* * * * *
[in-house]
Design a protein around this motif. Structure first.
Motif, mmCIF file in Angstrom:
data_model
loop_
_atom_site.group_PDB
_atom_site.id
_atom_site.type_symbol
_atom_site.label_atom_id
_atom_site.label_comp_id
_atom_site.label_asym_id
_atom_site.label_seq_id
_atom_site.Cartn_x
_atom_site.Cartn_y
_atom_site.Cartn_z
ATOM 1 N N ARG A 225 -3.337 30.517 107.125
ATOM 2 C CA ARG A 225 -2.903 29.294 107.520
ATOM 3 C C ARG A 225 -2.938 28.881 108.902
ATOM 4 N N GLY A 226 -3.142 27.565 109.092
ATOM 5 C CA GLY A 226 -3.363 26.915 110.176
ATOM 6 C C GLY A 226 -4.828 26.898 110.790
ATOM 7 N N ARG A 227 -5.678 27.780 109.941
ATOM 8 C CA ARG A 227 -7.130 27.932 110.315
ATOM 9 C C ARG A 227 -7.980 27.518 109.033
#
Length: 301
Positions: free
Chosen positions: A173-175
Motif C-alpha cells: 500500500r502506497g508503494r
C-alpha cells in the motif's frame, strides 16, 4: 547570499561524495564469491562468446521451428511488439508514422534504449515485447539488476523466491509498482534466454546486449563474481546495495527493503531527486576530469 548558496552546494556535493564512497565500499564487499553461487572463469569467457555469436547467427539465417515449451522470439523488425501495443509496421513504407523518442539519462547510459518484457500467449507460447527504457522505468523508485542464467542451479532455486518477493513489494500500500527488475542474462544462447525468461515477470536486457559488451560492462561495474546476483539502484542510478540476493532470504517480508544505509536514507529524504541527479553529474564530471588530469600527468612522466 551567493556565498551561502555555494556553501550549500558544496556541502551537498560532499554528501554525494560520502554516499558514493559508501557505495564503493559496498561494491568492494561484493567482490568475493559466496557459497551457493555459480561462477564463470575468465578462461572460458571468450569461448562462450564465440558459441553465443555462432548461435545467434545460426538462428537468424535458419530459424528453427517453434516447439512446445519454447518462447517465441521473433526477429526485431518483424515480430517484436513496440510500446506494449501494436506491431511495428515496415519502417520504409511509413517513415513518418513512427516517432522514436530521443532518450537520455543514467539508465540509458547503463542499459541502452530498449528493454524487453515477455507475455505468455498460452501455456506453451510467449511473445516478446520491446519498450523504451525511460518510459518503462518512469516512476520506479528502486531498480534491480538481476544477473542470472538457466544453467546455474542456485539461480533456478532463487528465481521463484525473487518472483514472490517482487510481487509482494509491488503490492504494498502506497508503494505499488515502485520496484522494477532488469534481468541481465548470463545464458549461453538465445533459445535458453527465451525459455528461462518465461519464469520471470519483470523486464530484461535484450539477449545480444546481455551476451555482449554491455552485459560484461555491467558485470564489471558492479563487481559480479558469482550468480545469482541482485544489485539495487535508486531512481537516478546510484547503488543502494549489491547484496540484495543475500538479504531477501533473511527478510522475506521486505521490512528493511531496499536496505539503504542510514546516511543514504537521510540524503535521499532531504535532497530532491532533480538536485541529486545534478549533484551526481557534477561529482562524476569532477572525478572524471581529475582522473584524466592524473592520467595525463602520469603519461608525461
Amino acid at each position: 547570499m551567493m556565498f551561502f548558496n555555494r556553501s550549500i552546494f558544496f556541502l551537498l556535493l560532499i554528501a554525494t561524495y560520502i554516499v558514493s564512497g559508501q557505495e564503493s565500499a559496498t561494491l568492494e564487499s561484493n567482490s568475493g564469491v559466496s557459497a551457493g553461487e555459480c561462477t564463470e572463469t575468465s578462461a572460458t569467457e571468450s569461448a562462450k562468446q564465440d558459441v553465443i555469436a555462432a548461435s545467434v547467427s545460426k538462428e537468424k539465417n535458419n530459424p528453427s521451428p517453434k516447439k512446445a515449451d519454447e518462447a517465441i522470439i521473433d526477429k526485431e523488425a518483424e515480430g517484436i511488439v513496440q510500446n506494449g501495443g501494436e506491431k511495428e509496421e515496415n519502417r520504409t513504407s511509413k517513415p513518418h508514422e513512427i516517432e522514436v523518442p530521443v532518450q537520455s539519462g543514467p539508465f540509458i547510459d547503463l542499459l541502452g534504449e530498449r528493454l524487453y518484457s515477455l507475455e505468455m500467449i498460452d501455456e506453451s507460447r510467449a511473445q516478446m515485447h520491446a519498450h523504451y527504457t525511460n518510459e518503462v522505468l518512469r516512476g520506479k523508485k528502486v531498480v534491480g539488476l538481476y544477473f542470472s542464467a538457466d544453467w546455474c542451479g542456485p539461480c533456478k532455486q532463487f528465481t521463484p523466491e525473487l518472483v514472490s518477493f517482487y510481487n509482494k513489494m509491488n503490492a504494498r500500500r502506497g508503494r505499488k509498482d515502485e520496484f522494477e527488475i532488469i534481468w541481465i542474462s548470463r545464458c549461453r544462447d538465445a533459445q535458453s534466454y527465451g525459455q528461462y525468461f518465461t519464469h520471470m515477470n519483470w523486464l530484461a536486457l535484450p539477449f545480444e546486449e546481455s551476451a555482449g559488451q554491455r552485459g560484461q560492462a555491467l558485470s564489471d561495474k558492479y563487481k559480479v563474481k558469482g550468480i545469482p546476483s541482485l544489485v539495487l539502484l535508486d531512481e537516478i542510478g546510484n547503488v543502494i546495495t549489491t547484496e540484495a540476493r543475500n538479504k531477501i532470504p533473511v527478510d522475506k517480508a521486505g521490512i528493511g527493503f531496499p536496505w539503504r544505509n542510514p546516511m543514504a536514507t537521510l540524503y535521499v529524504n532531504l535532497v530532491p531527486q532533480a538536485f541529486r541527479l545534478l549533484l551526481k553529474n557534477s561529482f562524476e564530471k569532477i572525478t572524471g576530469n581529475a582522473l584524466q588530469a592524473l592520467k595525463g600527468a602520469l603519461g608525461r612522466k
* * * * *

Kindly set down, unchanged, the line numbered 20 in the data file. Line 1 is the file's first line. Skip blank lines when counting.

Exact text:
ATOM 5 C CA GLY A 226 -3.363 26.915 110.176